The world’s first nickel zinc smart battery: An interview with Tim Hysell and Todd Higinbotham of ZincFive Inc.

The world’s first nickel zinc smart battery: An interview with Tim Hysell and Todd Higinbotham of ZincFive Inc.

ZincFive, Inc. has created the world's first nickel-zinc smart battery, a reliable and environmentally friendly alternative to many of the safety concerns associated with lead acid and lithium ion batteries.  Nickel-zinc will be only the fifth battery chemistry in history to globally scale. It was originally invented by Thomas Edison and was his dream battery chemistry, but he wasn't able to commercialise it. ZincFive has now done just that.

Intelligent transportation, traffic, data centers, automotive and telecom need safe battery backup to keep systems operating, even when the utility power dies. Nickel-zinc is being used right now in intelligent transportation systems across North America, replacing lead-acid batteries. The company is also close to developing the technology for applications in other mission critical industries.

REM talked to Tim Hysell, President and CEO of ZincFive and Todd Higinbotham, former CEO of PowerGenix

Tell me about ZincFive and what it does

Tim: We’re an advanced UPS manufacturer, so an Uninterruptible Power Supply company, but what makes us quite unique is several things. First and foremost we utilise a battery chemistry called nickel zinc and what makes us special is that we’re also the owner of nickel zinc in terms of manufacturing. We own 62 issued patents around nickel zinc and so we’re quite excited that we’ve taken this and integrated and verticalised if you will, into a single company with the acquisition and merger of PowerGenix. So we own the battery chemistry as well as the integrated solutions, but we also create the battery chemistry, which is our first UPS called the UPStealth, which we have commercialised already into the mission critical signalised intersection across the US and Canada.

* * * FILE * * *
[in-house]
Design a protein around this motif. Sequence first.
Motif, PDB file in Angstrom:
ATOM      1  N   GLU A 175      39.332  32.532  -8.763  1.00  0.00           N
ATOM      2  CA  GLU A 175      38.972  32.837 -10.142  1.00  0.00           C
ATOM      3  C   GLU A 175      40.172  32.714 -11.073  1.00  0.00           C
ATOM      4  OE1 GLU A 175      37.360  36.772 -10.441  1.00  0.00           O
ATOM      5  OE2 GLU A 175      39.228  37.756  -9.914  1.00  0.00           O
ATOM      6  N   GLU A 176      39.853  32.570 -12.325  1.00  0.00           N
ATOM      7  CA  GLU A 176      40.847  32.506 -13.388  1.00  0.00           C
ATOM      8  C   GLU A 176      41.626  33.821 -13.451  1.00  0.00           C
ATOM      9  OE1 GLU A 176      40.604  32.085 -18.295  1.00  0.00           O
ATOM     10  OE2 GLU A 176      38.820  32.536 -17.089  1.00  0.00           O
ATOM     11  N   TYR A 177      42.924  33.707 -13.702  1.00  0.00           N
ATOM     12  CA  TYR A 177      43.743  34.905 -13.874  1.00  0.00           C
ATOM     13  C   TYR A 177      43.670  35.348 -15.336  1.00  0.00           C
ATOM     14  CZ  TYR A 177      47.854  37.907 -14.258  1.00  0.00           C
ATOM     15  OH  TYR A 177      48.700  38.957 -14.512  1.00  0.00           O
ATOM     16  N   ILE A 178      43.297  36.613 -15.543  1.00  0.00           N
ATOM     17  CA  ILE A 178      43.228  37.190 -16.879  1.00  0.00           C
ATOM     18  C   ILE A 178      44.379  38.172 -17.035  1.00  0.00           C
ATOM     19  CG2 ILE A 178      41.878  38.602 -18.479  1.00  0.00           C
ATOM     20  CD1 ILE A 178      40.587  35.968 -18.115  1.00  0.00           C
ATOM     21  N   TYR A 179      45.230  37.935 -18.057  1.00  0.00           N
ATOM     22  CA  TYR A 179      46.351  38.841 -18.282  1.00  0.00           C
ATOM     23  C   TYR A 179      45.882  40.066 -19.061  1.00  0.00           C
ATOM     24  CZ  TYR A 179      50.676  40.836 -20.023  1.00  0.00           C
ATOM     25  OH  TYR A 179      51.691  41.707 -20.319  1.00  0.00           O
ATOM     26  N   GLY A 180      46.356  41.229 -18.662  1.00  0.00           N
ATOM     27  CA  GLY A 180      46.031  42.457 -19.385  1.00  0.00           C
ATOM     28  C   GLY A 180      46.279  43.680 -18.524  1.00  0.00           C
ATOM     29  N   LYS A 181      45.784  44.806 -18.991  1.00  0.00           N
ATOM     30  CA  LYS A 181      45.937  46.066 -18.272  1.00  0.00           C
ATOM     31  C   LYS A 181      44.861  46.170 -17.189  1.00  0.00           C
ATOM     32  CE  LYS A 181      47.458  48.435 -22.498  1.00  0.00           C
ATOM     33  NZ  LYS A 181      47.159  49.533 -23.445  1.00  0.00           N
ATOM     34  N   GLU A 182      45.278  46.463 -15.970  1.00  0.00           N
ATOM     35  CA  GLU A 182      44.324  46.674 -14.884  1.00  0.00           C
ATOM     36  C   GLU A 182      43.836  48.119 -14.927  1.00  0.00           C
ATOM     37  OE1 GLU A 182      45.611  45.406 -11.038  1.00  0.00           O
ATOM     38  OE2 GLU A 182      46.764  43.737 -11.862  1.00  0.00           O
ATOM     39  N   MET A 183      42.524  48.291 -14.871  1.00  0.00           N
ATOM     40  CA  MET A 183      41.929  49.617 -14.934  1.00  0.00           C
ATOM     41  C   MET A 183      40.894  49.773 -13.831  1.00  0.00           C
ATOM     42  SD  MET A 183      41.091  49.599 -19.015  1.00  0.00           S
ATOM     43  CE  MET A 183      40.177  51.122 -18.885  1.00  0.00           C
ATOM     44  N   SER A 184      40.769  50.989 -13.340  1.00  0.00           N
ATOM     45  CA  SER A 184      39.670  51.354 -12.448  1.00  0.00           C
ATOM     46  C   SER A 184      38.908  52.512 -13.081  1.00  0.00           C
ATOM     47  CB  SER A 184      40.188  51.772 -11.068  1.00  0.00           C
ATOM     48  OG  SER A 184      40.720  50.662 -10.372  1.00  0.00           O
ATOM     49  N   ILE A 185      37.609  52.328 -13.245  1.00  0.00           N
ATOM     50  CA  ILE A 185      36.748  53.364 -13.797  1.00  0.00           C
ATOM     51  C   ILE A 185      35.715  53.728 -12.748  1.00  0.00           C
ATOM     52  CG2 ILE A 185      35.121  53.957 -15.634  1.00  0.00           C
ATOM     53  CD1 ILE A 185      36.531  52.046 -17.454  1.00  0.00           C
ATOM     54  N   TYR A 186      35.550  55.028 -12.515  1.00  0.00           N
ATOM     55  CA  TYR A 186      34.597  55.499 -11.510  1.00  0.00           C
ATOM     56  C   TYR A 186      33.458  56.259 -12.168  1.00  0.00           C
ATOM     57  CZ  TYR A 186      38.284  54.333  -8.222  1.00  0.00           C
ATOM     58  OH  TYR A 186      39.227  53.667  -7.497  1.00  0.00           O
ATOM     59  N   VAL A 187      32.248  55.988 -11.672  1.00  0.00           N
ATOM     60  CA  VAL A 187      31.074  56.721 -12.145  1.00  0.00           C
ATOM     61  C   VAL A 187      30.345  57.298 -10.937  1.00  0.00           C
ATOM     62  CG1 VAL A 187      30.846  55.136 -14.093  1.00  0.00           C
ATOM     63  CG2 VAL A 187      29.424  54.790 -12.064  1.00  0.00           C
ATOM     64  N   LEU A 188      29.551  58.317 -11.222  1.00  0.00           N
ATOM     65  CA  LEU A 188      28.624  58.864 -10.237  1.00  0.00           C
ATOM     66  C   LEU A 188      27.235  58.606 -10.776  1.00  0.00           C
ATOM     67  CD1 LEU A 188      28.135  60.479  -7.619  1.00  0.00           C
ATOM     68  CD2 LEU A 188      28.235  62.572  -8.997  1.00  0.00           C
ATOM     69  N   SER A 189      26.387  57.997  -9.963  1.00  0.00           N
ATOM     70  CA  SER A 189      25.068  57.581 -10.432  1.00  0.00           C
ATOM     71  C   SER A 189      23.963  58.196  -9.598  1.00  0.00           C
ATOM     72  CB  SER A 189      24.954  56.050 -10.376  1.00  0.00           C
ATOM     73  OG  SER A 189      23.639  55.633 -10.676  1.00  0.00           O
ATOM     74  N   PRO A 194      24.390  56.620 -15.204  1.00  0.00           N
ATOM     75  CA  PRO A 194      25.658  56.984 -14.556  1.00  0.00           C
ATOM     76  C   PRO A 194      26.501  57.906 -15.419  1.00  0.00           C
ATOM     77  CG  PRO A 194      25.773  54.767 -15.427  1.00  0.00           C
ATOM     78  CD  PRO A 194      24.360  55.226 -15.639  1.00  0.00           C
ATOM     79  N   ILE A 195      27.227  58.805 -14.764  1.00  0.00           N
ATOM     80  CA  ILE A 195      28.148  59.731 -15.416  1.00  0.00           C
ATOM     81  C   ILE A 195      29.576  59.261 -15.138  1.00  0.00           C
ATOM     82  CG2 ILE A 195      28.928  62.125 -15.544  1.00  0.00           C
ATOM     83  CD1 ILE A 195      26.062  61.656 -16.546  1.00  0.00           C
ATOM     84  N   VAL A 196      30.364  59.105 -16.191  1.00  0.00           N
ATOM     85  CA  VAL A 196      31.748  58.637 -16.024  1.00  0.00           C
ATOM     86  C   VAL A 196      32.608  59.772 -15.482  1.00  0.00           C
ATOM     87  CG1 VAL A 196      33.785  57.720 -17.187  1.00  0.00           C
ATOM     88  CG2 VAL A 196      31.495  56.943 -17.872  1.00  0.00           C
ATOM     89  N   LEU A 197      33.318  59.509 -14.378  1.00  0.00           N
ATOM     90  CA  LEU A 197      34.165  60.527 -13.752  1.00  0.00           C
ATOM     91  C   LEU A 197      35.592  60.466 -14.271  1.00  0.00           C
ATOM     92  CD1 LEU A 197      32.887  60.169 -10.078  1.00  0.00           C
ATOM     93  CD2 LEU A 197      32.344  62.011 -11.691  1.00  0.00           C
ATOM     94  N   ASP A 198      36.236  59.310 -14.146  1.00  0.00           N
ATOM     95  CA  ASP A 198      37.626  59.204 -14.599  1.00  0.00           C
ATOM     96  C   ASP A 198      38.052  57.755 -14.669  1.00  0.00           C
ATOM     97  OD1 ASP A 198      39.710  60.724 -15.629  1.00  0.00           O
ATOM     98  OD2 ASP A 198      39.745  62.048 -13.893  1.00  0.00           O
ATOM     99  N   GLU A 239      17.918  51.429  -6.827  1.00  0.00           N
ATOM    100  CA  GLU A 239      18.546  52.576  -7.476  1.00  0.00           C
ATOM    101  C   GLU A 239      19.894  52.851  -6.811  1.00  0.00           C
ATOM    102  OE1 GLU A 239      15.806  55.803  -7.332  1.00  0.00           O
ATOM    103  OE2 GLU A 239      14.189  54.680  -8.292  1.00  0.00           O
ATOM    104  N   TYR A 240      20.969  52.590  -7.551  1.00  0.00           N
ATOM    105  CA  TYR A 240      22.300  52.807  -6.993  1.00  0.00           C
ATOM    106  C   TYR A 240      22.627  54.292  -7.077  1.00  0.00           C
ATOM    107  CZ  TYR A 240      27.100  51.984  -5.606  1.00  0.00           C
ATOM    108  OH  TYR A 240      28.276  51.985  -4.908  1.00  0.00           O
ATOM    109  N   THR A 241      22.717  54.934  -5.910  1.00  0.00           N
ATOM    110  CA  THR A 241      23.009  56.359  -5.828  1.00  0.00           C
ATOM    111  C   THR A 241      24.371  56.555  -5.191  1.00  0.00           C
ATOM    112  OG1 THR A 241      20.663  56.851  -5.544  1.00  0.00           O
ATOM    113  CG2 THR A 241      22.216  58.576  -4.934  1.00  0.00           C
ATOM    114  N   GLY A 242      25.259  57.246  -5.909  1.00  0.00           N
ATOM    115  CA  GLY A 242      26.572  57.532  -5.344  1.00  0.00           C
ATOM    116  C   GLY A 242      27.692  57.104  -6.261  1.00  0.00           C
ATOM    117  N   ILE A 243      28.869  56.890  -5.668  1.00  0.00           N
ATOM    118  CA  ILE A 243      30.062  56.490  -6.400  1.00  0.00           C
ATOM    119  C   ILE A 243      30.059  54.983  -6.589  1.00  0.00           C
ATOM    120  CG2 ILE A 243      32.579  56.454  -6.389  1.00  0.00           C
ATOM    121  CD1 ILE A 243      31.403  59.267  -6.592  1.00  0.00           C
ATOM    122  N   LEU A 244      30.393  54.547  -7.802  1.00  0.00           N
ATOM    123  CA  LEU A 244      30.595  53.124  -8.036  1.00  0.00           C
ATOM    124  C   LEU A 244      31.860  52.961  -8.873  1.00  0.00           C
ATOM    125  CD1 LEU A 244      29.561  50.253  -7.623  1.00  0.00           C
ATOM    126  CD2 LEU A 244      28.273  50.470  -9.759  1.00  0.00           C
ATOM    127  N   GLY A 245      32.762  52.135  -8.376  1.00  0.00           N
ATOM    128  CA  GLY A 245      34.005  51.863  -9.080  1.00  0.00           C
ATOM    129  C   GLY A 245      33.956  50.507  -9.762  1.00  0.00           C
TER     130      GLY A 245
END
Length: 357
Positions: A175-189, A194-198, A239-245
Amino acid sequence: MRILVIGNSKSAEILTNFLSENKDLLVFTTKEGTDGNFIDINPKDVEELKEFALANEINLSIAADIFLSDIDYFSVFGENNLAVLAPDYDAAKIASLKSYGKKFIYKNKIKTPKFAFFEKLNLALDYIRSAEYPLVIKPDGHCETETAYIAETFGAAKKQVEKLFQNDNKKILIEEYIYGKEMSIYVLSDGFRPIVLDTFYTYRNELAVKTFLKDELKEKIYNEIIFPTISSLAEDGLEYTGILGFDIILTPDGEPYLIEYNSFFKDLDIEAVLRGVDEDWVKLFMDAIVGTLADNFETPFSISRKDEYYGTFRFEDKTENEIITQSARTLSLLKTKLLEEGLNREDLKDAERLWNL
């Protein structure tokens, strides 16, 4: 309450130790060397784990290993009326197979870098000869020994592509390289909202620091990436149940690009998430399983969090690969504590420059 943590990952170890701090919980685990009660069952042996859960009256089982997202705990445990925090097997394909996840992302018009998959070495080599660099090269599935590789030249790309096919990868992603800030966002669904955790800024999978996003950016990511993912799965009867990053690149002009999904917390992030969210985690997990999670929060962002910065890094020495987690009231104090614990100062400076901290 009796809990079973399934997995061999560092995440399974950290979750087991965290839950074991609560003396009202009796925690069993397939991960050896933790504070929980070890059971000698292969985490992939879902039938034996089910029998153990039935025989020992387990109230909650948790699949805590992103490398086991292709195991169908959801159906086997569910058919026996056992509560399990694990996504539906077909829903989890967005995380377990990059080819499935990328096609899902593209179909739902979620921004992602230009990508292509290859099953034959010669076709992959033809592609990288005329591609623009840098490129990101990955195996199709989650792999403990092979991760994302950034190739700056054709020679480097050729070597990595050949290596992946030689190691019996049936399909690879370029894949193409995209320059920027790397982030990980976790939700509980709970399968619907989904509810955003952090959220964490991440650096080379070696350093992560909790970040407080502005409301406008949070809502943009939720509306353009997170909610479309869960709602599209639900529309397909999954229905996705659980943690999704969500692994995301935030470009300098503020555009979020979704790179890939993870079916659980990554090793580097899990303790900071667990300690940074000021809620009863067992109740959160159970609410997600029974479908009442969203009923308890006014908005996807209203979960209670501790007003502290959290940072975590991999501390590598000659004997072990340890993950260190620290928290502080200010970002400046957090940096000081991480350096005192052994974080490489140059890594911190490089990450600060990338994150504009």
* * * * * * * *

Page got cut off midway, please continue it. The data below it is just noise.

Tell me about this nickel-zinc smart battery, and what advantages it offers over lead-acid and lithium-ion batteries

Todd: Nickel zinc is a chemistry that’s been around for a very long time. It was originally invented by Thomas Edison and people have been working on the chemistry for many, many years, trying to overcome one of its ‘Achilles Heels’ which is that the battery doesn’t cycle very long. It provides a very, very high power density, much like a lithium ion battery, but unfortunately the chemistry had side effects in that it wasn’t able to cycle. So in the mid-90’s to 2000’s, a company called PowerGenix, which recently merged with ZincFive, had a breakthrough in the chemistry and got it to cycle very, very well.

As Tim mentioned we have over 100 patents filed with over 60 issued, all around building a cycleable, scalable, nickel zinc system. Basically what you have is a battery with really high power density, very high cycleability, and where it sits in the scheme of things is that basically it sits between lithium ion and lead acid. In most respects it operates like a lead acid battery, a very safe, non-flammable, but it has much higher cycleability and much higher energy density. In fact, it is about five times the density of a lead acid battery, more like a lithium ion. The beauty of it is that it’s extremely safe and very environmentally friendly, so its not flammable, it can’t explode. The materials used, we don’t use anything like sulphuric acid or lead, just a harmless electrolyte, and so the mission critical applications, like Tim said, are, first, in the traffic system in the United States, people are looking for something just like this – very safe, environmentally friendly and its reliable.

The earliest applications adopting these, they’ve been traditionally served by lead acid batteries, but they need higher performance and reliability, and that’s where we are starting to get adopted. So basically, UPS systems in traffic, UPS systems in data centres, and applications like that.       

So that more or less answered my next question, which was what potential applications does it have?